KANDAHAR AIRFIELD, Afghanistan, April 14 - Foreign Affairs Minister Maxime Bernier said Monday the governor of Kandahar province needed to be replaced to curb corruption in the region, but withdrew his remarks hours later. ...

Asked what Karzai could do about corruption around the southern Afghanistan city, Bernier said: "As you know, there is always the question of the governor here.

"I think [Karzai] can work with us to be sure the governor will be more powerful, the governor will do what he has to do to help us," he said. "There's a question to maybe have a new governor.

"Is it the right person at the right place at the right time? President [Hamid] Karzai will have to answer these questions as soon as possible."

Shortly after Bernier made the comments in both English and French, members of his staff admitted it was not something Bernier should have said.

Hours later, the minster issued a clarifying statement. ... (link)

Governor Khalid is the man who was recently accused of torturing prisoners, prompting outrage in Canada. The outrage was met with denials by Canadian government and military officials. Bernier's comments are perhaps a tacit admission that the accusations are credible.

It is important to recall that Canada is making a habit of meddling in Afghan internal affairs. To review:

It was Canada who suggested the appointment of a "super envoy" to Afghanistan to coordinate UN and NATO efforts there. Originally, the post was to be filled by Britain's Lord Ashdown, but President Karzai pointedly rejected him. Eventually, the Norwegian Kai Eide, seen to be much less of a take-charge kind of guy, got the job.

The Canadian military wrote words for Karzai to mouth when he visited Parliament in September of 2006. A Canadian Forces document spells it out:
Team prepared initial draft of president's address to Parliament 22 Sep(tember). It was noted that key statistics, messages, themes, as well as overall structure, were adopted by the president in his remarks ...
Also, we must not forget Canada's Strategic Advisory Teams embedded in Afghan government ministries. According to one veteran defense journalist the SAT's, a brainchild of General Hillier, are a "unique project – well beyond the normal realm of military operations".

The meddling doesn't stop there. From the Toronto Star:
The police chief in Zhari district is on his way out, in part because of Canadian complaints about his performance.

"He was probably more part of the problem than the solution," [Canadian Colonel] Juneau said.

There is, however, a limit to Canada's willingness to stick its nose in Afghan politics. When the Afghan government executed 15 prisoners last fall, Canadian diplomats were at pains to criticize the Karzai government, citing a reluctance to "interfere". The Dutch, on the other hand, called the executions "extremely unwelcome".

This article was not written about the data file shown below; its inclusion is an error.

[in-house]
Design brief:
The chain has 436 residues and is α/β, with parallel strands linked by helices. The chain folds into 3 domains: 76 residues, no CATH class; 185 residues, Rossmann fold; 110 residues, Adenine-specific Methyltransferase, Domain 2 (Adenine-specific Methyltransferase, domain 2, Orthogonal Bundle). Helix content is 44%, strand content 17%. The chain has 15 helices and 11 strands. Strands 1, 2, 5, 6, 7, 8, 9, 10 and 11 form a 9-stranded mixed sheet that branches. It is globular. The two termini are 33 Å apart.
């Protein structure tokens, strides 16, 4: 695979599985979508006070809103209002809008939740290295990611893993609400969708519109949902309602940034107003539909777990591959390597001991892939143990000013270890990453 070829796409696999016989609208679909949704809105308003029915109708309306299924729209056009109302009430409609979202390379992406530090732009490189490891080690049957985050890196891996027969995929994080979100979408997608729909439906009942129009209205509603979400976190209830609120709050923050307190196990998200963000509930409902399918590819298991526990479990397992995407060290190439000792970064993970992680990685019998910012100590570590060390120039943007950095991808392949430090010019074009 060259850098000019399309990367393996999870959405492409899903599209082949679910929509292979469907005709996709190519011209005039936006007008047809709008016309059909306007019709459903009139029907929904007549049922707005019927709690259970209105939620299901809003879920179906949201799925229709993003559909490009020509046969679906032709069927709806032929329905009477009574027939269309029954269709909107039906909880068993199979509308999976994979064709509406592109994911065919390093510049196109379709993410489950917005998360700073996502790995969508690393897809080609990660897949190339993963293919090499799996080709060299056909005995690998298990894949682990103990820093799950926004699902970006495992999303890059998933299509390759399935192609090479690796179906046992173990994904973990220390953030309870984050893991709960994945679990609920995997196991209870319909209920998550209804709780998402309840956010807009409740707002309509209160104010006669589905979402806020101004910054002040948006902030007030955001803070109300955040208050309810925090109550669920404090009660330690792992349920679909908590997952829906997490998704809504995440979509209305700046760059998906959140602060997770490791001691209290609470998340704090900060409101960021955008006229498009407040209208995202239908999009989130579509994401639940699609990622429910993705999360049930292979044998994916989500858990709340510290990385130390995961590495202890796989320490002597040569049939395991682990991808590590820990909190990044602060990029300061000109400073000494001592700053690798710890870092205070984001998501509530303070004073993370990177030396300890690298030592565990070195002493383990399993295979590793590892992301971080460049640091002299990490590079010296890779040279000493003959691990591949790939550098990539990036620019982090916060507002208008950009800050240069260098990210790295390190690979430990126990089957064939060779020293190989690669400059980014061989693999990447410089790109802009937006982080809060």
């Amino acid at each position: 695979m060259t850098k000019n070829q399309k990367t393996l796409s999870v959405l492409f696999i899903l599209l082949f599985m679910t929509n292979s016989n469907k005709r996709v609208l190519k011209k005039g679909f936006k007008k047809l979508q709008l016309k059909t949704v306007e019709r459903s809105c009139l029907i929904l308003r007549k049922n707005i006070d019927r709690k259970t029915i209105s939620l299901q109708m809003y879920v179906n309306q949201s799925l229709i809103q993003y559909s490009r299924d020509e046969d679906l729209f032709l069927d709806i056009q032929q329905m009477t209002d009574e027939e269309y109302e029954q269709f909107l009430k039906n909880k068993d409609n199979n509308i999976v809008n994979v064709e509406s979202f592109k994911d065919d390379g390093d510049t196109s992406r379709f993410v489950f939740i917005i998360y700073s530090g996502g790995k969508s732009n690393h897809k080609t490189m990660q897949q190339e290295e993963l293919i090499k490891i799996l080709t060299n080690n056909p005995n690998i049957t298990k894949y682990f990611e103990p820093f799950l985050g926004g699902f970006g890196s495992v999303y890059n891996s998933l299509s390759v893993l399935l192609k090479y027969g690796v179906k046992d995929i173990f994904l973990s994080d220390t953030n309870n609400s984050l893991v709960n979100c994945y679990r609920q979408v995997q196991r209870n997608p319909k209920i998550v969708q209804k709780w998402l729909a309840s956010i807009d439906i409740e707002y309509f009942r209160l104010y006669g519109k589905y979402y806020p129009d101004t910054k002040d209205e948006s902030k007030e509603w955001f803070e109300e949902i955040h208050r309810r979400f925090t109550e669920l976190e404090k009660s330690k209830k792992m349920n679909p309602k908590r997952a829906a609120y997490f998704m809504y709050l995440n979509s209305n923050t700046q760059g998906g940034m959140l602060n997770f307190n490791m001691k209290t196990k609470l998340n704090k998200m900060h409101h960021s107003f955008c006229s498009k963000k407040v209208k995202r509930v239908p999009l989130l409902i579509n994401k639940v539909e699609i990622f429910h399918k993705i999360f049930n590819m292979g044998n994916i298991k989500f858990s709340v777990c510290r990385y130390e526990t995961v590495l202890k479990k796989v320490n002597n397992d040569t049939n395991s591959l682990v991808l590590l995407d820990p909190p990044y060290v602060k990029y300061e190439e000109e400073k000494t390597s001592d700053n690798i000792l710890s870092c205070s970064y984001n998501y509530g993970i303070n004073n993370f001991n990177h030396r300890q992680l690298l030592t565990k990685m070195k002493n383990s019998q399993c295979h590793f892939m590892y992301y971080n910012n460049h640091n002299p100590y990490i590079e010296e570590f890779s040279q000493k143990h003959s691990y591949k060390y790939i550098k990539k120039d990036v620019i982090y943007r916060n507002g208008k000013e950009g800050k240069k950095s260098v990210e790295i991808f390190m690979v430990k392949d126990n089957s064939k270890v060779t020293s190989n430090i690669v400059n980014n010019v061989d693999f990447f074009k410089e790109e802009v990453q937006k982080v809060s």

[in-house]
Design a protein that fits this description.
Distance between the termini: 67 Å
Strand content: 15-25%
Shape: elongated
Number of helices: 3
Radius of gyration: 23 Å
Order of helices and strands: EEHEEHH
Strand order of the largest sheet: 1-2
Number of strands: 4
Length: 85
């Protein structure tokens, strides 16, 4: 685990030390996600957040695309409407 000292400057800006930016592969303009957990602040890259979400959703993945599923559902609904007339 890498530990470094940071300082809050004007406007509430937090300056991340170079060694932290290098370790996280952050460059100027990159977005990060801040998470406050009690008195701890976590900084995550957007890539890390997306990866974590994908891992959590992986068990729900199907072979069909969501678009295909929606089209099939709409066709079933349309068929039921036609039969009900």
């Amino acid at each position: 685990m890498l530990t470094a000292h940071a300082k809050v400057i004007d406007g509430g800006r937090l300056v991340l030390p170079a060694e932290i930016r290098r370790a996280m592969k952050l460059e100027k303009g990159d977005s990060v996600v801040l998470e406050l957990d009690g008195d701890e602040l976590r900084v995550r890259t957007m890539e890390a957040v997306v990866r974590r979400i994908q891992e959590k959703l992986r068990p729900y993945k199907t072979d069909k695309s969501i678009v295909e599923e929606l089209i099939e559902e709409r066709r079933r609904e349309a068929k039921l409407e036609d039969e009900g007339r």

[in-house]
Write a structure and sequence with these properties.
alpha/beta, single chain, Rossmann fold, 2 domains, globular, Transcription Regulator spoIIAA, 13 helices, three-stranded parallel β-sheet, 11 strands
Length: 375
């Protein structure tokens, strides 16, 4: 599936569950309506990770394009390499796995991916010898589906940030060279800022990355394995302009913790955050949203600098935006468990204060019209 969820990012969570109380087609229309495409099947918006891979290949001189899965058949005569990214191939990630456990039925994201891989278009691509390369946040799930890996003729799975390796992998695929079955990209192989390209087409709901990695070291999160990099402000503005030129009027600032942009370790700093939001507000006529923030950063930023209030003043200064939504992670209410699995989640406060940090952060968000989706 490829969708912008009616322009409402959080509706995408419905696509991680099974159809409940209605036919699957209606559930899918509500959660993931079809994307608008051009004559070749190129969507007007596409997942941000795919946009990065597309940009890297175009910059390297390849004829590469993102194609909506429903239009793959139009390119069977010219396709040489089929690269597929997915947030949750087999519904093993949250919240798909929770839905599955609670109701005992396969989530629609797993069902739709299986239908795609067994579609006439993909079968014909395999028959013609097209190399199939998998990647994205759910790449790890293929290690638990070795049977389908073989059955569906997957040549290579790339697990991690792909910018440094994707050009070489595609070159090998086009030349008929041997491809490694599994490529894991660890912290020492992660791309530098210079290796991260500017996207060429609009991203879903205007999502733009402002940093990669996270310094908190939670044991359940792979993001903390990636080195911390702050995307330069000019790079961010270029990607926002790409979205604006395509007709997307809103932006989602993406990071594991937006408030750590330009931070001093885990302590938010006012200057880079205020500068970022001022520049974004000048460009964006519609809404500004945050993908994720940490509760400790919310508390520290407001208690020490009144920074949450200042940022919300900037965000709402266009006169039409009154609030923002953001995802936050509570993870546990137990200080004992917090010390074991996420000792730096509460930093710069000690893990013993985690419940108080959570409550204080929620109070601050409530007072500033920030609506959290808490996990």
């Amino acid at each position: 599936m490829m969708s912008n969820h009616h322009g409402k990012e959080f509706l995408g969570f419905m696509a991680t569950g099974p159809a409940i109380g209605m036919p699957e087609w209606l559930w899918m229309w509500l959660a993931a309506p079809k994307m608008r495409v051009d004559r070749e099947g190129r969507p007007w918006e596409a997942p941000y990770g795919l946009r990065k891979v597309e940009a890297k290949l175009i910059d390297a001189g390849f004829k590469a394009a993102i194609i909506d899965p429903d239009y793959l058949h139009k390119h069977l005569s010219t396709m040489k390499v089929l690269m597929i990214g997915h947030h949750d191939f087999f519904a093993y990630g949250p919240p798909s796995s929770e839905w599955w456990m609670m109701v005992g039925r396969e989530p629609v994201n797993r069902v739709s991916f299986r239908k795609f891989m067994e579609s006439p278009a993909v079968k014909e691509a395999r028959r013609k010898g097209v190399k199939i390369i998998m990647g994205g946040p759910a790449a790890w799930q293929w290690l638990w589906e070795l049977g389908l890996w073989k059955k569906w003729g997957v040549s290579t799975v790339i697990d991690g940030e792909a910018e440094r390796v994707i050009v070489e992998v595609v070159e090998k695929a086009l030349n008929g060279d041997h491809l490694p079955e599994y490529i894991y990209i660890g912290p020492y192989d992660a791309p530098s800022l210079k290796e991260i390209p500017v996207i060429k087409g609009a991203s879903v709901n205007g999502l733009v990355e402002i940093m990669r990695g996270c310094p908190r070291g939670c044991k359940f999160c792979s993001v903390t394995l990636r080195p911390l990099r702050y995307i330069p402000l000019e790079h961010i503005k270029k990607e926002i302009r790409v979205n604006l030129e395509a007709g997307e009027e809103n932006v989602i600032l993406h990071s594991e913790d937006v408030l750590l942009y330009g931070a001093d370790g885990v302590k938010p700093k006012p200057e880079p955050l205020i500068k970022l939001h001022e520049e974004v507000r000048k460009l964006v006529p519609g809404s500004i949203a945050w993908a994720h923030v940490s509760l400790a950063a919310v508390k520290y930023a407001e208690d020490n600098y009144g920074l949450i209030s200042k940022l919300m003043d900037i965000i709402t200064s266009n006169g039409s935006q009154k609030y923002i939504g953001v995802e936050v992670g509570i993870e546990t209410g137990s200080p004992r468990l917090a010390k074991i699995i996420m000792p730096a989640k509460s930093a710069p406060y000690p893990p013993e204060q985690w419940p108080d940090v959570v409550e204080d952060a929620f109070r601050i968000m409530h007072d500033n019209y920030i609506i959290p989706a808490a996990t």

RAWA was right

Waleed Aly is a young Australian Muslim lawyer and professor considered to be something of a voice for his generation. Last year he wrote a book, People Like Us: How arrogance is dividing Islam and the West, and writes frequently for The Age:

The Age (Australia)

War without freedom
By Waleed Aly

April 14 - Afghanistan used to be our feel-good war. ...

Perhaps we just assumed all was well.

But it isn't. ...

A recent report by British-based women's rights group Womankind has concluded that Afghanistan remains one of the most dangerous places in the world to be a woman.

We have no right to be surprised about this. Certainly, the Taliban's resurgence has not helped, but the truth is that if we had bothered to familiarise ourselves with the experiences of Afghan women before we championed their cause, this would have been sadly predictable.

Indeed, the Revolutionary Association of the Women of Afghanistan (RAWA) — the organisation bravely responsible for bringing horrific images of Taliban brutality to the world — opposed the US-led invasion because it understood that their suffering was too complex and deeply rooted to be sheeted home to a singular villainous organism called the Taliban. It is the product of a nation ravaged by decades of war, with all the feudal social structures, entrenched poverty, illiteracy and corrosive brutality that this nurtures. Such dynamics cannot simply be excised militarily. The Taliban was a symptom as much as a cause.

RAWA tried to tell us that Afghan women had already been "crushed and brutalised under the chains and atrocities of the Northern Alliance fundamentalists". That is probably an understatement. The Northern Alliance had killed 50,000 civilians during its rule in the 1990s, systematically raping thousands of women and girls and causing others to commit suicide.

Yet it was the Northern Alliance that would be our proxies in Afghanistan. These were the good guys; our fellow liberators of Afghan women. We should not have been surprised when, soon after the invasion, an international NGO worker told Amnesty International that "during the Taliban era, if a woman went to market and showed an inch of flesh she would have been flogged; now she's raped". ...

The unthinking construction of the Taliban as the singular source of Afghan misogyny was obviously misguided, but it was undoubtedly convenient. ...

Let us now admit the women of Afghanistan were used for their rhetorical potency. Now, their political utility is spent and so is our concern for them. ... Whatever the soaring rhetoric, we did not truly have liberation on our minds. ... (link)